Intangible Cultural Heritage

Dragon boat

Social Practices, Rituals and Festive Events

38 results found.

  • Kavadi Making

    The Tamil term kavadi has been translated as a burden or load that is carried as a form of sacrifice to the Hindu god Lord Murugan.

    The Tamil term kavadi has been translated as a burden or load that is carried as a form of sacrifice to the Hindu god Lord Murugan.

  • Nyonya beadwork and embroidery

    Nyonya beadwork and embroidery are intricate craft forms associated with the Peranakan community, and can be found in decorations for everyday household items, as well as more ornamental pieces for special occasions such as weddings.

  • Pilgrimage to Kusu Island

    kusu island

    Kusu Island is the site of an annual pilgrimage drawing both Chinese and Malay devotees. Meaning “Turtle Island” (龟屿岛) in Chinese and “Peak Island” (Pulau Tembakul) in Malay,

  • Making of Wood-Fired Pottery

    pottery making

    The production of traditional wood-fired pottery using dragon kilns draws on millennia of pottery traditions in China. Dragon kilns, mainly Hokkien and Teochew kilns, were constructed in Singapore in the early 1900s by migrants from South China.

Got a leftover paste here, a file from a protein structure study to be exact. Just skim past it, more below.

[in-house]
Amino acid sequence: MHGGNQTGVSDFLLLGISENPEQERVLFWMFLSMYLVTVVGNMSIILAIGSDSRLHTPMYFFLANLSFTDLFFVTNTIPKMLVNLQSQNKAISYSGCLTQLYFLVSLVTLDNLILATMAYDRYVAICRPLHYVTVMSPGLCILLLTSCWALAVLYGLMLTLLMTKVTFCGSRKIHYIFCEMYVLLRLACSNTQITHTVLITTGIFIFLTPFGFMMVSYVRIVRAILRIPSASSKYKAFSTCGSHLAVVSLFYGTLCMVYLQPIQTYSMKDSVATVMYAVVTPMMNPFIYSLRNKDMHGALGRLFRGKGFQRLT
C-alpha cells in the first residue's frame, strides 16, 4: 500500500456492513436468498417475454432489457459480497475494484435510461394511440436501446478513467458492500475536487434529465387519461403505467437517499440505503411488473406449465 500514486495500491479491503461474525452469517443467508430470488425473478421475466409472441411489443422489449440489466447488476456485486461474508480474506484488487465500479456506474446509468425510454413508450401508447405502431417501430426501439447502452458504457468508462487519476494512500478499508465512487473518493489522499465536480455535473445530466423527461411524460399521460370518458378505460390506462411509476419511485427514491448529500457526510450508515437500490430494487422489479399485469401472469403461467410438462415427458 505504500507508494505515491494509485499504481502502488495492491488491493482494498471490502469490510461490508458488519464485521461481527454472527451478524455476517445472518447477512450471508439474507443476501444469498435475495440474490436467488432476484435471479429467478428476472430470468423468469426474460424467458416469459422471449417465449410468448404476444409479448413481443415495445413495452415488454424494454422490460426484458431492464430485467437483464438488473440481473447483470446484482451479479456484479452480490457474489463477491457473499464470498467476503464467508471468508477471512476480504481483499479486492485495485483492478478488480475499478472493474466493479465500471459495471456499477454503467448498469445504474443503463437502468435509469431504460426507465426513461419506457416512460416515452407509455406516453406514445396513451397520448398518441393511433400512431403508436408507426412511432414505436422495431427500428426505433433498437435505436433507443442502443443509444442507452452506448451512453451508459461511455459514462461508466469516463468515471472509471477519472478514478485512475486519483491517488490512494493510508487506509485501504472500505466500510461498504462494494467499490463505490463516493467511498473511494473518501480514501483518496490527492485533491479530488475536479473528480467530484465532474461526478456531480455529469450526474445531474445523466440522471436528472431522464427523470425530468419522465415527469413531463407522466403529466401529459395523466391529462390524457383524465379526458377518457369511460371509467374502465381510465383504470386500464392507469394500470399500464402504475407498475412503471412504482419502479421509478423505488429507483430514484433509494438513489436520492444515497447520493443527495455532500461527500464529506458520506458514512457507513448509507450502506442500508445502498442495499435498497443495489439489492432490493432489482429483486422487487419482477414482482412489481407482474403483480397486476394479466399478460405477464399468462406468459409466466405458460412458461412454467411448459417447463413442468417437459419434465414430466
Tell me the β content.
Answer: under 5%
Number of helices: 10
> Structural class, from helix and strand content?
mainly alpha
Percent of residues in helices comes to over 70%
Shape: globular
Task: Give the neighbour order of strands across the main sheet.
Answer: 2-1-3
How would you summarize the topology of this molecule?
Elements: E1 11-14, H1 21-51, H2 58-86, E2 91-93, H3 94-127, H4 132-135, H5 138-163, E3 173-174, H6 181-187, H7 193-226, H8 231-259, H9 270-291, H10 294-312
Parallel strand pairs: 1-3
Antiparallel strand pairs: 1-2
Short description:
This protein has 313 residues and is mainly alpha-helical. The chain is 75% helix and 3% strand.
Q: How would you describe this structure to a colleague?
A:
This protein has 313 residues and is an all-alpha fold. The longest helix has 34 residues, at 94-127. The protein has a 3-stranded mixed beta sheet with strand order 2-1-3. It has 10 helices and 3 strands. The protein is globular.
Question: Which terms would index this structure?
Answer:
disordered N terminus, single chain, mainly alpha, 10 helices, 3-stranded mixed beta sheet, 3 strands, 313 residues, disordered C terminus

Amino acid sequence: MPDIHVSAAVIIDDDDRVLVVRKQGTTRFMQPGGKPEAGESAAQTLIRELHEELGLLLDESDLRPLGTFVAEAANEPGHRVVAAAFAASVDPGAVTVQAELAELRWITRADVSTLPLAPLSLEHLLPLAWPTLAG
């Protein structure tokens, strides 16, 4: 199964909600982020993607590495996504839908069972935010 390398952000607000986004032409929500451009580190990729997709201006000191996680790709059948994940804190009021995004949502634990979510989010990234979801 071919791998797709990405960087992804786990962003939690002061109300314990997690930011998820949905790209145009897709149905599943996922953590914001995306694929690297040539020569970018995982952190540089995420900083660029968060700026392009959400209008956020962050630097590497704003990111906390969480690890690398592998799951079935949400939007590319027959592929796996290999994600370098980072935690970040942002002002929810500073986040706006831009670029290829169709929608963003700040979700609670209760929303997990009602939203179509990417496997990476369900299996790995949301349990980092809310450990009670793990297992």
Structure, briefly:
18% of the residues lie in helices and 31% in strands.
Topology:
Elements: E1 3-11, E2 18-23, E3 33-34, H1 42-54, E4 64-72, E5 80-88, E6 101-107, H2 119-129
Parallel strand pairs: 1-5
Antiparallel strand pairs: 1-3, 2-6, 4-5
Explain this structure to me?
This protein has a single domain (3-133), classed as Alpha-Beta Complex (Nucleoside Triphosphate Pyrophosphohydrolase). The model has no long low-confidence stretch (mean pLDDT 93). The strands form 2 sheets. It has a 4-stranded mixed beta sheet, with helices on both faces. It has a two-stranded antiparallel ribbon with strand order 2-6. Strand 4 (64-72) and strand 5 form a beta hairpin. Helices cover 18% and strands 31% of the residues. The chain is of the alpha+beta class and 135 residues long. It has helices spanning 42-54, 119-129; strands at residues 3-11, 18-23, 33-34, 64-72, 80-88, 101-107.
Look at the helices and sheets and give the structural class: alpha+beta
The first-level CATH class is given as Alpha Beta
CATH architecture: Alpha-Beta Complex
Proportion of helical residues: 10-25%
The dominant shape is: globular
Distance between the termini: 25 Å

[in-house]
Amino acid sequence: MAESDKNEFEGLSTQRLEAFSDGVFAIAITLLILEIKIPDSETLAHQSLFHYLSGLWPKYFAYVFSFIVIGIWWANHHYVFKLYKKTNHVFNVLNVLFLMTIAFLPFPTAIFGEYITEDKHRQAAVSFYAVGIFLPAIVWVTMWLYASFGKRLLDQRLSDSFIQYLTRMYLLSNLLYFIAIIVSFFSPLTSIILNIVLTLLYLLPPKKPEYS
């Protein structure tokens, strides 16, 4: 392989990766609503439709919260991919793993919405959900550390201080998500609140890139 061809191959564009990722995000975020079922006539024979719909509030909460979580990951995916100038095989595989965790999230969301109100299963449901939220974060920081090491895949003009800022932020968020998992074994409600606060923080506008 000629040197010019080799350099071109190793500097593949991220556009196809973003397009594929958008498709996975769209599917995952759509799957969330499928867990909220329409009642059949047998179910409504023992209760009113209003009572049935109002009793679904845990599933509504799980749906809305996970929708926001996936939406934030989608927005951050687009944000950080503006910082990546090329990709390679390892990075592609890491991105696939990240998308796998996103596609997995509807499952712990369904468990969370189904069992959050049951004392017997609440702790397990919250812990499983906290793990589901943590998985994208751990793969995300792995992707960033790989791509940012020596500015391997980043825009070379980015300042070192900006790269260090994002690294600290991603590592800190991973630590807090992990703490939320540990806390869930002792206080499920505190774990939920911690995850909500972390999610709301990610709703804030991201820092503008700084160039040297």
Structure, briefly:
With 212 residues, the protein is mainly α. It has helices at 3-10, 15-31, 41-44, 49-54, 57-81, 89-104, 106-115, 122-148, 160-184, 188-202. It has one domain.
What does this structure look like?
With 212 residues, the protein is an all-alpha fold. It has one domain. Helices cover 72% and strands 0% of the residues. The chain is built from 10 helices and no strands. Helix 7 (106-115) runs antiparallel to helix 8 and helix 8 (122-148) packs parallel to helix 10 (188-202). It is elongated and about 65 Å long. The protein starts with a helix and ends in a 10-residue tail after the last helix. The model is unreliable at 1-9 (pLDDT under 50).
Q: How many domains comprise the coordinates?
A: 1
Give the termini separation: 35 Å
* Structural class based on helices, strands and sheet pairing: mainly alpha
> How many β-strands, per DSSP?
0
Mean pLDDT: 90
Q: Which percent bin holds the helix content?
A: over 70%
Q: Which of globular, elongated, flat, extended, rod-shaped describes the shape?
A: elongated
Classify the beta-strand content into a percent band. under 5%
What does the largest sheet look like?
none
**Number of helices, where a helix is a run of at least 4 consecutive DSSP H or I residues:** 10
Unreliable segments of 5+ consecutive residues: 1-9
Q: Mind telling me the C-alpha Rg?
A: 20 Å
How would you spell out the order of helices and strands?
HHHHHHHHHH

• Making of Chinese Paper Offerings

    The practice of burning of Chinese paper offerings dates as far back as the Song Dynasty in China. Paper offerings are burnt for the deceased and deities particularly during occasions such as the Hungry Ghost Festival.

    The practice of burning of Chinese paper offerings dates as far back as the Song Dynasty in China. Paper offerings are burnt for the deceased and deities particularly during occasions such as the Hungry Ghost Festival.

  • Hawker Culture

    hawkerculture2-1

    Hawker culture in Singapore can be traced back to street hawkers and the hawker centres which were first built to resettle street hawkers in the 1970s.

  • Getai

    A getai stage performance

    Getai (歌台) translates literally from Chinese as “song stage” and is a form of vernacular entertainment involving live performances of music, song, and dance.

  • Rangoli

    Rangoli, which means “an array of colours” in Sanskrit, is a traditional Indian art form dating back some 5,000 years to the pre-Aryan period. It is known as kolam in Tamil.

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